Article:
Some Human Aspects of Avalanche Safety - Part 3 of 3
In Part 1 of this series we got to grips with meanings of some words that help us to describe how we think about safety in the mountains. In Part 2, we looked at a way of categorising the heuristic traps that we can make for ourselves when we choose to ski off-piste. The final part of the series looks at some of the things that we can do to avoid the traps and improve how we operate in the backcountry.
Useful Planning Tools
Prior Preparation & Planning Prevents Piss Poor Performance
British military adage
No plan survives contact with the enemy.
Field Marshall von Moltke
Now that we understand a little about what the traps might be and how they work, are there any tools that we can use to help us avoid them? Sitting at home, the night before a powder or touring day, can we make some slightly more objective, uninvolved choices before we get out on the hill?
One example of a system that we could use at home or carry in our pocket on the hill is Roberto Bolognesi's NivoTest. It comes free with his book, "Avalanche!" This is a weatherproof card device, where the user answers a series of questions. If the answer to any questions is "yes", the user turns a dial to add the given number of points onto the total score. At the end of questionnaire, the user turns over the card to get a smiley, straight or unhappy face. This is a very basic device but at least it might make us stop and think.
Other tools use modern computing power: either in our smart 'phone or in the cloud, via 3G. Fatmap is an app that works like an enhanced version of Google Earth. You can run it on your laptop or smartphone and subscribers can download maps. Users can fly through their proposed routes and add overlays showing slope angles or aspects that help to highlight where avalanche dangers might be.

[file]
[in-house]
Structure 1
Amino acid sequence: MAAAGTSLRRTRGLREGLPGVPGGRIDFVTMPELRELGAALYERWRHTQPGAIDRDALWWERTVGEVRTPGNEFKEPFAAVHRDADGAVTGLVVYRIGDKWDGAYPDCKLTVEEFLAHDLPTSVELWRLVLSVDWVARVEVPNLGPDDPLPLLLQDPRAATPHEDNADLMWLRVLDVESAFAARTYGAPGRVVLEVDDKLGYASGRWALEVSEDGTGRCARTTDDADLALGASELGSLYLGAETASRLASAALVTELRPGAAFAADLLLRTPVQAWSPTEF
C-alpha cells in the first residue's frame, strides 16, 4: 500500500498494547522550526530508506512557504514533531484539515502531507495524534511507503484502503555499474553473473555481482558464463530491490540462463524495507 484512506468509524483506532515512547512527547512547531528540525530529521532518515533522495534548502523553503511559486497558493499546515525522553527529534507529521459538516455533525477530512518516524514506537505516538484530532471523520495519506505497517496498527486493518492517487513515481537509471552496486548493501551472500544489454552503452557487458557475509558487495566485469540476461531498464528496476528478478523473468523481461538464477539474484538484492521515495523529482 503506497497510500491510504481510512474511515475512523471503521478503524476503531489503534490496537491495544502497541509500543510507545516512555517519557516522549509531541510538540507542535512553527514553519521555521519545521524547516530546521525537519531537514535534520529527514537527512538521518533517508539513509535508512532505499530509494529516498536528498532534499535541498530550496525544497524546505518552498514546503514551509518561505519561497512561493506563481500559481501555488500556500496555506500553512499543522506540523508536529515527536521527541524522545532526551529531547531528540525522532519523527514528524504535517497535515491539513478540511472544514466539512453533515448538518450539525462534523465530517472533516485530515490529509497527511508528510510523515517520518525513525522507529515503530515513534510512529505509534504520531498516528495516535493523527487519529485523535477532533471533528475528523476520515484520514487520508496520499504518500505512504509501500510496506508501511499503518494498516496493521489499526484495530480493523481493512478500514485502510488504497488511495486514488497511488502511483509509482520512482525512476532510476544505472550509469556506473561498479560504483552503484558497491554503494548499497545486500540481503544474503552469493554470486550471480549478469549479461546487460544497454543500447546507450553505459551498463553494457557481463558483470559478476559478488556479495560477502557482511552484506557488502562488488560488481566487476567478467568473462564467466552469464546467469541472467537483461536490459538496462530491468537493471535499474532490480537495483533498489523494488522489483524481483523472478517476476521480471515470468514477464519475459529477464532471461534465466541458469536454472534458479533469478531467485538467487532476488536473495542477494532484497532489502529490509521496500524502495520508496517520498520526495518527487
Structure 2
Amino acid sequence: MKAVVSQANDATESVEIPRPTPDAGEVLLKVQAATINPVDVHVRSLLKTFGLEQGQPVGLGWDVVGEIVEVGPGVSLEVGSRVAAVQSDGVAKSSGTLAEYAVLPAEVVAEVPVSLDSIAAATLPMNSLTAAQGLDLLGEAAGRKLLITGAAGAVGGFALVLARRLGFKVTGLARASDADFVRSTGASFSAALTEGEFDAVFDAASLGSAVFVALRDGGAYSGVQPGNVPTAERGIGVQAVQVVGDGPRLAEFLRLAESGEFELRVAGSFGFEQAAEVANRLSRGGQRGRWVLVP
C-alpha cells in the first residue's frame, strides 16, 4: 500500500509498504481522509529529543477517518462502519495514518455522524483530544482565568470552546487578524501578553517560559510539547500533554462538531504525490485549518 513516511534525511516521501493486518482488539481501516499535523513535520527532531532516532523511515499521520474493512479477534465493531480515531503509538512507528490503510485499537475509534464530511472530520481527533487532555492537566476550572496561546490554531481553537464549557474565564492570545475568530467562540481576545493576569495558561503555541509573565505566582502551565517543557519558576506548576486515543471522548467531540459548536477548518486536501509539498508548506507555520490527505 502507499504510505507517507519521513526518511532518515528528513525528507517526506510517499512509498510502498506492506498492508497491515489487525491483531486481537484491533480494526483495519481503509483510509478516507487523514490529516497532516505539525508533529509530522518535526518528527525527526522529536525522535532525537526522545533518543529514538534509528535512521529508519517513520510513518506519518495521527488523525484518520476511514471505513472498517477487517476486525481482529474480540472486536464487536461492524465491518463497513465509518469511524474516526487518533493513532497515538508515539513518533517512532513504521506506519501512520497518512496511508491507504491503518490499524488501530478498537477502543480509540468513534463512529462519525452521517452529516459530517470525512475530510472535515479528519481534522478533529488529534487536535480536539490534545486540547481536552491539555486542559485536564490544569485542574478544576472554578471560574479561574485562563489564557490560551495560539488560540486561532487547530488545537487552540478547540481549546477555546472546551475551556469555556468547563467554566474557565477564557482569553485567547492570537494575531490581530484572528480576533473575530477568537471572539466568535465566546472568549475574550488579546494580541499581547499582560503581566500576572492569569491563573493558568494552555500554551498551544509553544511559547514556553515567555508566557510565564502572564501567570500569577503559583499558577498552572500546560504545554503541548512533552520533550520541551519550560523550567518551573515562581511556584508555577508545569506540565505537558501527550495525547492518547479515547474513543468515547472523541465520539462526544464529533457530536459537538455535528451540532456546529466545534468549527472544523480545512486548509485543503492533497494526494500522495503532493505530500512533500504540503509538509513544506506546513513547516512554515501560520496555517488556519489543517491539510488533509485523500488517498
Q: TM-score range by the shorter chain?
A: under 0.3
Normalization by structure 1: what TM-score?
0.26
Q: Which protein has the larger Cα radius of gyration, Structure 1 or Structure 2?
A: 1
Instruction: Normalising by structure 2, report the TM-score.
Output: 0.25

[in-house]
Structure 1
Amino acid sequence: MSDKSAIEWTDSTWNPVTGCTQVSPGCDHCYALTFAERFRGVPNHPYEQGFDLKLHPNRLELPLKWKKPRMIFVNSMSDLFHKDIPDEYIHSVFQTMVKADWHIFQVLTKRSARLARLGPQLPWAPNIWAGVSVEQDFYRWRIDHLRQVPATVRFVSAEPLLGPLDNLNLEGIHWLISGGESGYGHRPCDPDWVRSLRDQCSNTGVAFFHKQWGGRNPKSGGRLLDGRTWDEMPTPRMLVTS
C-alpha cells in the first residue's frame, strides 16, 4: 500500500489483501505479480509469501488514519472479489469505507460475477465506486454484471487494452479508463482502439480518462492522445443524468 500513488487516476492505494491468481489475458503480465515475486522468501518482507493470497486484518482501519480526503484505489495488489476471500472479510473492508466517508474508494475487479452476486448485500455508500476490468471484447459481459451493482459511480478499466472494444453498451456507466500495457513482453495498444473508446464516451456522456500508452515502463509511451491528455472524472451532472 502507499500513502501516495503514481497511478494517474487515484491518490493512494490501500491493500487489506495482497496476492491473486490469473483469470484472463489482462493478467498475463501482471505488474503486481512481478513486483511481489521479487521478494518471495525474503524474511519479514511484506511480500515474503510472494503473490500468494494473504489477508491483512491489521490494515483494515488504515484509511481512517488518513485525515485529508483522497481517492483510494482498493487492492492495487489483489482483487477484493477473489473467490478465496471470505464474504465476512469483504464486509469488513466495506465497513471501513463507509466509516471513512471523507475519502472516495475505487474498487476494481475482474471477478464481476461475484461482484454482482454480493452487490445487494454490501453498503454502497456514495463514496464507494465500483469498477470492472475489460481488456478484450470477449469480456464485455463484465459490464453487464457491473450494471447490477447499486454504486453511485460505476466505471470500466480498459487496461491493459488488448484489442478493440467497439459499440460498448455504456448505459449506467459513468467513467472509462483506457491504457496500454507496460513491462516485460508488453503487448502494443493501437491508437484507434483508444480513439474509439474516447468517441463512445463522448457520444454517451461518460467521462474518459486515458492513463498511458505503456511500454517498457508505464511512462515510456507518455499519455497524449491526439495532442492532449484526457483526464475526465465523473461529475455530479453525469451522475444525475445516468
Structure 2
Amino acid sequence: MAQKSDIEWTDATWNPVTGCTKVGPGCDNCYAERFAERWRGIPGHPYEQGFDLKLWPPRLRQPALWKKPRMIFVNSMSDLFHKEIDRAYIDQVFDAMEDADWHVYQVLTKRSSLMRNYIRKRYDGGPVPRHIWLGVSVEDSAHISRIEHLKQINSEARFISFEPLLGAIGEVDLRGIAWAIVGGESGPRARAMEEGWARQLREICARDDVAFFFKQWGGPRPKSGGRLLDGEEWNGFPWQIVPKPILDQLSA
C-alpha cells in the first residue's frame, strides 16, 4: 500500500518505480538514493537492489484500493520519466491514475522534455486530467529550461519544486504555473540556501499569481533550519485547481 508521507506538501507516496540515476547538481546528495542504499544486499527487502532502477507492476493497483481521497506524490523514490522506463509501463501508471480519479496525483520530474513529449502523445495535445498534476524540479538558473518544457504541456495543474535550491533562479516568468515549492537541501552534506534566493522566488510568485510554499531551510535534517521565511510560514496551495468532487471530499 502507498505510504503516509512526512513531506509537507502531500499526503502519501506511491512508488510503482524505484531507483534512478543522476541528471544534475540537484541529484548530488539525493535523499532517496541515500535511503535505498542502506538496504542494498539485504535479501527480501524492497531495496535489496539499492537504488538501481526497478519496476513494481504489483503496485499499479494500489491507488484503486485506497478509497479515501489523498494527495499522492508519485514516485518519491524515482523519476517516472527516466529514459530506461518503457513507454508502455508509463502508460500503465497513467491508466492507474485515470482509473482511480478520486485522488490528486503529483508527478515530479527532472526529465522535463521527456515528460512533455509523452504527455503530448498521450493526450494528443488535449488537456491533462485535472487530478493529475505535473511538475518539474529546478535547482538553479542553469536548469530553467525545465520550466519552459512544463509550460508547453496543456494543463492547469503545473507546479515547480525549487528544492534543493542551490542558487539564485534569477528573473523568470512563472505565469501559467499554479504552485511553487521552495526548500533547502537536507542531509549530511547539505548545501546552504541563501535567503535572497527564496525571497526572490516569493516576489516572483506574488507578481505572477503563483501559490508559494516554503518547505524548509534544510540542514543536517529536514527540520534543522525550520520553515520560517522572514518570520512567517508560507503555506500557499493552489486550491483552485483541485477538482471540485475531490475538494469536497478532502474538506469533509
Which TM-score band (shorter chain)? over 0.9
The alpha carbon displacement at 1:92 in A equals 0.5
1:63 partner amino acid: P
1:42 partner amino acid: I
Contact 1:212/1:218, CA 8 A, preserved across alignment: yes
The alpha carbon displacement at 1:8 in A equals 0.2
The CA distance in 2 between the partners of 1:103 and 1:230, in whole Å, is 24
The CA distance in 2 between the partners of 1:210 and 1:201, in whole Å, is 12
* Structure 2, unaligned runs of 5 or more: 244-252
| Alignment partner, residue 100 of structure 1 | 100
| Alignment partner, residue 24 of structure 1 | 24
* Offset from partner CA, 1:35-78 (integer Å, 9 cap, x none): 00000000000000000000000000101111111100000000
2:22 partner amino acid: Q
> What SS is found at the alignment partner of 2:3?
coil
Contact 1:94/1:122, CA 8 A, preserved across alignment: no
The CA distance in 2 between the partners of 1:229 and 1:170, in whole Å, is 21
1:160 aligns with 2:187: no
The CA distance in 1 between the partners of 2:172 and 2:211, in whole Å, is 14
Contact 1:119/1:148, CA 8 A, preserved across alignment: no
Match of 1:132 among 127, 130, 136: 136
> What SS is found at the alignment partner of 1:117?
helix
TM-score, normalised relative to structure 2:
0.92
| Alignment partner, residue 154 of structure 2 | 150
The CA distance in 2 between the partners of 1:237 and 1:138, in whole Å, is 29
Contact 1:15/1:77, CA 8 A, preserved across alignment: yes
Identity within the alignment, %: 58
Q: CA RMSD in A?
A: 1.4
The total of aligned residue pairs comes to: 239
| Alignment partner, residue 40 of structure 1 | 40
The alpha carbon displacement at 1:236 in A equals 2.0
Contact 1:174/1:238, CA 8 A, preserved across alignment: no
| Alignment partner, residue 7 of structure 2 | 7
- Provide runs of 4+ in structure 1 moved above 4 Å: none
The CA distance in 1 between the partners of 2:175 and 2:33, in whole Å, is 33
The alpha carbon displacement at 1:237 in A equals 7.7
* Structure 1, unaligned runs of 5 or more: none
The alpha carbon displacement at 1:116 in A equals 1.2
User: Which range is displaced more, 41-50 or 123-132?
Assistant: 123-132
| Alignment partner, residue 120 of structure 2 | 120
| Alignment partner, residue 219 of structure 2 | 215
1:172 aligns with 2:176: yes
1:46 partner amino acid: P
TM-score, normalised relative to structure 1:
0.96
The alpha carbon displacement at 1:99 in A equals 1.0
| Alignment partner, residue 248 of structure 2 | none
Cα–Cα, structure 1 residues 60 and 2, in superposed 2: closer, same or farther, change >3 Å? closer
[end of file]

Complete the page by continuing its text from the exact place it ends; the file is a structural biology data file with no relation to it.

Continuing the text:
White Risk is an app that takes users through the whole process of planning a day's ski touring. Users can put their route onto a map that has shading for various slope angles on it. They can then identify crux sections and get some analysis of the hazard with regards to snowpack, angle, aspect, altitude etc. There are also questionnaires to complete about the day's weather & avalanche forecasts and also the group of people. The app then generates a summary, which can be printed or downloaded into the mobile app for use during the day.
Whilst tools such as these are useful self-checks, they're still no replacement for knowledge, experience and gathering good information. When we're out on the hill, probably under the pressures of more than one of the F.A.C.E.T.S., it's very important that we stay self-aware. Can we stop and take a moment to step out of the situation and think about what is happening and where it might lead? Can we float above things, almost as though we were sitting at home and watching drone footage on TV? We've all had the experience of watching a TV quiz and shouting the obvious answer at the contestant who is unable to bring the answer to mind. If we can recognise when this is happening to us, perhaps we can then do something to regain control.
Time for Reflection
Those who cannot remember the past are condemned to repeat it.
The Life of Reason, George Santayana
If we come home from skiing, post our photos on Instagram and head for the pub, we perhaps waste one of the most valuable things from day, especially if we are working as mountain professionals. It is always worth stopping and giving our day a quick critique and asking questions such as:
What went well and what didn't work so well? Why?
Was the snow and weather as forecast and as we expected? How & Why?
Did we learn or see anything new today?
What would we do differently next time?
This isn't a comprehensive list. By answering these few questions honestly to ourselves (and acting on the answers) we can change the way that we operate in the mountains for the better.
Confirmation bias can be a strong factor when we reflect on what we do, so we need to be aware of this too. There is also the heuristic trap of coming home from another day in the office, which was "just the same" as the others and doesn't need to be thought about. Every day is different with something to learn. Talking with other people can also be very useful, as this can give us a more objective view and bring new ideas to the table.
The greater our awareness of both the objective dangers and the risks that we choose to create by exposing ourselves and others to those dangers, the safer we are likely to be. The greater our awareness of what drives us to take particular decisions, the more likely we are to be in control of the process and better able to choose our risks. There will always be times when we get things wrong. Off-piste skiing is a risk sport. If we can learn from our mistakes we should become safer and better equipped to go out and enjoy splendour, excitement and rich rewards of skiing in wild mountains.